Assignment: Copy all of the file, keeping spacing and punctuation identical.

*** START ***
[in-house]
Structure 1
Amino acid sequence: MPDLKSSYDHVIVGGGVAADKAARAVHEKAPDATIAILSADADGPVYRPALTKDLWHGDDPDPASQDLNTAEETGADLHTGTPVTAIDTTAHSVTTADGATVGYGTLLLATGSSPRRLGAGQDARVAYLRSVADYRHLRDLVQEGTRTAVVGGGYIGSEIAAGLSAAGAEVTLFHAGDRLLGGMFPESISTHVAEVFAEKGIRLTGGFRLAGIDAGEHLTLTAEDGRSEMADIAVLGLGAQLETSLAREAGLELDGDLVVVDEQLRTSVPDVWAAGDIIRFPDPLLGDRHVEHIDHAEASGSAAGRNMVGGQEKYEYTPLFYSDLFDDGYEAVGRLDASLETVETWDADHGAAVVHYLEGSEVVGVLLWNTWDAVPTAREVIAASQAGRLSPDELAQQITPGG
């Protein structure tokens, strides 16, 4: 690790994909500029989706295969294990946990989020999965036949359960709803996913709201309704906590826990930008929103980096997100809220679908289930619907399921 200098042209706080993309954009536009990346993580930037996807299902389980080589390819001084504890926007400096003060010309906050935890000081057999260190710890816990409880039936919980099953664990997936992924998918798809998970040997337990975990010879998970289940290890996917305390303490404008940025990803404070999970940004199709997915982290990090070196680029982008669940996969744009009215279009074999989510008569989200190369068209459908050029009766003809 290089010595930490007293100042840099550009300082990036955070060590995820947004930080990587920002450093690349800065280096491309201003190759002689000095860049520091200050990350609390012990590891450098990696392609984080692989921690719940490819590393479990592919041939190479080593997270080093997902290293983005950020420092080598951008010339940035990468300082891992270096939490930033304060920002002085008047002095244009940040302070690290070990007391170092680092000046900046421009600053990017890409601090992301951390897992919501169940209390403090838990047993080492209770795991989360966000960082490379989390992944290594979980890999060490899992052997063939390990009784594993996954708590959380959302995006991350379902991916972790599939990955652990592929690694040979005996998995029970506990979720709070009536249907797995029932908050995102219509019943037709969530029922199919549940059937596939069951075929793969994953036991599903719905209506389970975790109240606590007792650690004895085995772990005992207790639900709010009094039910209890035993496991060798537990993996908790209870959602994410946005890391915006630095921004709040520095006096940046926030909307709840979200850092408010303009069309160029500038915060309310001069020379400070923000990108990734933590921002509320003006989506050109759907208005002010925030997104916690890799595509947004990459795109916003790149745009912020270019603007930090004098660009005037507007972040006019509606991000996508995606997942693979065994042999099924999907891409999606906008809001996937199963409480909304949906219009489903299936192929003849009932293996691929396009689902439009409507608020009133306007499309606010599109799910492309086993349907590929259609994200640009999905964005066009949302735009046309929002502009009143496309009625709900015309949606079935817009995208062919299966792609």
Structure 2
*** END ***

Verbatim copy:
[in-house]
Structure 1
Amino acid sequence: MPDLKSSYDHVIVGGGVAADKAARAVHEKAPDATIAILSADADGPVYRPALTKDLWHGDDPDPASQDLNTAEETGADLHTGTPVTAIDTTAHSVTTADGATVGYGTLLLATGSSPRRLGAGQDARVAYLRSVADYRHLRDLVQEGTRTAVVGGGYIGSEIAAGLSAAGAEVTLFHAGDRLLGGMFPESISTHVAEVFAEKGIRLTGGFRLAGIDAGEHLTLTAEDGRSEMADIAVLGLGAQLETSLAREAGLELDGDLVVVDEQLRTSVPDVWAAGDIIRFPDPLLGDRHVEHIDHAEASGSAAGRNMVGGQEKYEYTPLFYSDLFDDGYEAVGRLDASLETVETWDADHGAAVVHYLEGSEVVGVLLWNTWDAVPTAREVIAASQAGRLSPDELAQQITPGG
């Protein structure tokens, strides 16, 4: 690790994909500029989706295969294990946990989020999965036949359960709803996913709201309704906590826990930008929103980096997100809220679908289930619907399921 200098042209706080993309954009536009990346993580930037996807299902389980080589390819001084504890926007400096003060010309906050935890000081057999260190710890816990409880039936919980099953664990997936992924998918798809998970040997337990975990010879998970289940290890996917305390303490404008940025990803404070999970940004199709997915982290990090070196680029982008669940996969744009009215279009074999989510008569989200190369068209459908050029009766003809 290089010595930490007293100042840099550009300082990036955070060590995820947004930080990587920002450093690349800065280096491309201003190759002689000095860049520091200050990350609390012990590891450098990696392609984080692989921690719940490819590393479990592919041939190479080593997270080093997902290293983005950020420092080598951008010339940035990468300082891992270096939490930033304060920002002085008047002095244009940040302070690290070990007391170092680092000046900046421009600053990017890409601090992301951390897992919501169940209390403090838990047993080492209770795991989360966000960082490379989390992944290594979980890999060490899992052997063939390990009784594993996954708590959380959302995006991350379902991916972790599939990955652990592929690694040979005996998995029970506990979720709070009536249907797995029932908050995102219509019943037709969530029922199919549940059937596939069951075929793969994953036991599903719905209506389970975790109240606590007792650690004895085995772990005992207790639900709010009094039910209890035993496991060798537990993996908790209870959602994410946005890391915006630095921004709040520095006096940046926030909307709840979200850092408010303009069309160029500038915060309310001069020379400070923000990108990734933590921002509320003006989506050109759907208005002010925030997104916690890799595509947004990459795109916003790149745009912020270019603007930090004098660009005037507007972040006019509606991000996508995606997942693979065994042999099924999907891409999606906008809001996937199963409480909304949906219009489903299936192929003849009932293996691929396009689902439009409507608020009133306007499309606010599109799910492309086993349907590929259609994200640009999905964005066009949302735009046309929002502009009143496309009625709900015309949606079935817009995208062919299966792609």
Structure 2